Accelerated Shift to Connected TV
I do not expect the coronavirus pandemic to have that many long-term consumer impacts. However, one such long-term impact which I do see emerging from this crisis is an acceleration in the connected TV shift.
That is, the pandemic has served as a catalyst for the world to get on streaming services. If you weren’t signed up before, chances are you’re on one now, because streaming TV is one of the best forms of at-home entertainment.
Consequently, this crisis will likely accelerate the consumer shift from watching linear TV, to watching streaming TV. Because ad dollars follow engagement, coming out of this crisis, we will see an acceleration in the general market shift from advertising on linear TV to advertising on streaming TV.
That’s great news for Roku.
Long-Term Growth Prospects Remain Robust
Roku’s long-term outlook as a leading connected TV advertiser is still solid.
The global linear TV advertising market is approximately $140 billion. In pursuit of shifting consumption, a significant portion of that $140 billion linear TV ad budget will make its way into the streaming TV world over the next several years. In connected TV advertising, Roku is one of three major players, alongside Hulu and YouTube (NASDAQ:GOOG,NASDAQ:GOOGL).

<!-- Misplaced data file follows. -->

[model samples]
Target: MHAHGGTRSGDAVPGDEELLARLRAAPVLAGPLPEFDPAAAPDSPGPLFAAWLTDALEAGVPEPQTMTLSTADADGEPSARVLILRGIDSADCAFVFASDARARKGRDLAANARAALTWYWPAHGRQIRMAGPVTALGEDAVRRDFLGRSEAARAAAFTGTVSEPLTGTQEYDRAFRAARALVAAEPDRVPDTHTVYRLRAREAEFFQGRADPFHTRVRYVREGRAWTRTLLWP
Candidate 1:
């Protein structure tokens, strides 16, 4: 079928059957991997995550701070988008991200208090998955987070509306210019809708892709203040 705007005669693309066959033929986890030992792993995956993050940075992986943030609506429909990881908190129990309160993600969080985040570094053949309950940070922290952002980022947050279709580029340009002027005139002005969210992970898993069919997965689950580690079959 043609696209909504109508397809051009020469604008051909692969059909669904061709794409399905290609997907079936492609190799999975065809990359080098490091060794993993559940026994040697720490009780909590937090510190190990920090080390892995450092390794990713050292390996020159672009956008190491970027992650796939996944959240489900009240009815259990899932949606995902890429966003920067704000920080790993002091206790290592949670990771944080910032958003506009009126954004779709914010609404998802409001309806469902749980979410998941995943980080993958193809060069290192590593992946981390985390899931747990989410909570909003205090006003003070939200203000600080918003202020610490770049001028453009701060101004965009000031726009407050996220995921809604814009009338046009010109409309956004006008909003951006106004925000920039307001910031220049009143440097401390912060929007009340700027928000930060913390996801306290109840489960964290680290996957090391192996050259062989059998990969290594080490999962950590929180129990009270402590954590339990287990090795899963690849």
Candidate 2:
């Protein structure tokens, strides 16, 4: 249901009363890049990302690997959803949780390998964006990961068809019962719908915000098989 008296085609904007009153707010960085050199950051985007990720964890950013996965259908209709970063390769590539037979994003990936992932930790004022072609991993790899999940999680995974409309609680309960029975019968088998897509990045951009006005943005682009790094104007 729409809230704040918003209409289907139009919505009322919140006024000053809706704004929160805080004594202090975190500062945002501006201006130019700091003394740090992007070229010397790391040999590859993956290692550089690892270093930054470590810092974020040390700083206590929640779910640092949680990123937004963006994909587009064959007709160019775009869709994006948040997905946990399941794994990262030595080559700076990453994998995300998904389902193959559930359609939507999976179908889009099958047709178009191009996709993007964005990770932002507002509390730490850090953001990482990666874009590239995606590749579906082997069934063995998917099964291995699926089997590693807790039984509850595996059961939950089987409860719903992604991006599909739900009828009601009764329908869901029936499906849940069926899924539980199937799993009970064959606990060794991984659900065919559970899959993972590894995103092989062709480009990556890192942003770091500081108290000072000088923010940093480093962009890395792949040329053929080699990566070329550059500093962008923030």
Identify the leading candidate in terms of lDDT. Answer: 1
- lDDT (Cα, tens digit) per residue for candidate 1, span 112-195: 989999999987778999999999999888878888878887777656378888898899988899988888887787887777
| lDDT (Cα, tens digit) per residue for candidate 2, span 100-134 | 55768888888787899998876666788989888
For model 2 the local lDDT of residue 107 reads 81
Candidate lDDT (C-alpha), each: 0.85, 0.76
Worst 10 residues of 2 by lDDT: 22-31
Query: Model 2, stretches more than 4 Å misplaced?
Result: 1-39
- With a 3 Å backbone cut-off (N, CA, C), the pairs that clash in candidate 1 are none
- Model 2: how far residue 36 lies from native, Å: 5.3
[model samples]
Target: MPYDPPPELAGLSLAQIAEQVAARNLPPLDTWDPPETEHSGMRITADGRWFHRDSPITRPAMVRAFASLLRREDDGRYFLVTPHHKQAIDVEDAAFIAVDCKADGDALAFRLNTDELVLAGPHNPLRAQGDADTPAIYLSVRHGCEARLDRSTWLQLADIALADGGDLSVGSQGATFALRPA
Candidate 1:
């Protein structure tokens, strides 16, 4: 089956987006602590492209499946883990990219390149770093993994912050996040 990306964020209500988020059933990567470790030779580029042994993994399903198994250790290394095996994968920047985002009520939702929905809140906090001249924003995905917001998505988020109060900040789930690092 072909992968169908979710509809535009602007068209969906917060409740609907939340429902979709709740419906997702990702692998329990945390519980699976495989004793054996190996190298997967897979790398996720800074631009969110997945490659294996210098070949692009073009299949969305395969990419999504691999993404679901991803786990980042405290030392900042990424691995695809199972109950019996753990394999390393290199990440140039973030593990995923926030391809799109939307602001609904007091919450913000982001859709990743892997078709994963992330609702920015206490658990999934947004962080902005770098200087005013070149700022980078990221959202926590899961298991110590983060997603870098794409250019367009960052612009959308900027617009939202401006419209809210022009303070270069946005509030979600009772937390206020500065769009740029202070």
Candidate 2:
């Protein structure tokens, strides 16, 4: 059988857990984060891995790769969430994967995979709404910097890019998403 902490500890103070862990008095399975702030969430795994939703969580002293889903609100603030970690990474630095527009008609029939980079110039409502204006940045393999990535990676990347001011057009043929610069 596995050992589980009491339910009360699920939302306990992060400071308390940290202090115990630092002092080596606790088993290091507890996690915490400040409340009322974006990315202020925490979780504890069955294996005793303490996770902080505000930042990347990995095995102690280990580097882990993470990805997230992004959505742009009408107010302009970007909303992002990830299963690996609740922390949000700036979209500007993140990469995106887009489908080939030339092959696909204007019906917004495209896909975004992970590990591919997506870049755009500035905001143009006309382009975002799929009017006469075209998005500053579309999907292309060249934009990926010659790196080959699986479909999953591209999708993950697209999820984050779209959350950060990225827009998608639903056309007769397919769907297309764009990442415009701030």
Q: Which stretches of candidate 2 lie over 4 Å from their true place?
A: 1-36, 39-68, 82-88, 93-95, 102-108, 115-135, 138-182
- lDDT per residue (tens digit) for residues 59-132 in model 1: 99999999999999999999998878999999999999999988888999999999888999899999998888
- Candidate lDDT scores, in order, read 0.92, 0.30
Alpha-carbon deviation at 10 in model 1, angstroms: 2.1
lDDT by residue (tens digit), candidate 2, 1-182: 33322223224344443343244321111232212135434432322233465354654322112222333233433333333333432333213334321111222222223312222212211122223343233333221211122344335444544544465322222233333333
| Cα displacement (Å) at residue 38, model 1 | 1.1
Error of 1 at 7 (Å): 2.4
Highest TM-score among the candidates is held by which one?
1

Given the company’s already huge user base, and the low barriers to consumer adoption (plug-and-play hardware, plus an intuitive software interface), it is very likely that Roku will stay one of the relevant powers in connected TV advertising for many years to come.
Net net, Roku still projects as a leader in a connected TV advertising market which could measure $50 billion, $60 billion, or $70 billion-plus within the next decade, meaning this company still has hugely favorable long-term growth prospects.
Roku is Undervalued
Because of the coronavirus disruption, I’ve materially lowered my fiscal 2020 estimates for Roku. However, because I actually see the coronavirus accelerating the trends underlying Roku’s long-term growth narrative, I’ve only fractionally lowered those estimates.
At the start of the year, I was looking for Roku to net $15 in earnings per share by 2030. I’ve revised that estimate lower to $14.
Still, if Roku can do $14 in earnings per share by 2030, then this stock is materially undervalued today. Based on a 20-times exit multiple and a 10% discount rate, that implies a 2020 price target for ROKU stock of nearly $120.
Bottom Line on ROKU Stock
Roku is a long-term winner that is going through a near-term rough patch. This rough patch will pass. When it does, the connected TV advertising growth narrative will resume with full firepower. Roku’s growth trajectory will re-accelerate. And ROKU stock will bounce back.
Luke Lango is a Markets Analyst for InvestorPlace. He has been professionally analyzing stocks for several years, previously working at various hedge funds and currently running his own investment fund in San Diego. A Caltech graduate, Luke has consistently been rated one of the world’s top stock pickers by various other analysts and platforms, and has developed a reputation for leveraging his technology background to identify growth stocks that deliver outstanding returns. Luke is also the founder of Fantastic, a social discovery company backed by an LA-based internet venture firm. As of this writing, he was long ROKU, NFLX, and AMZN.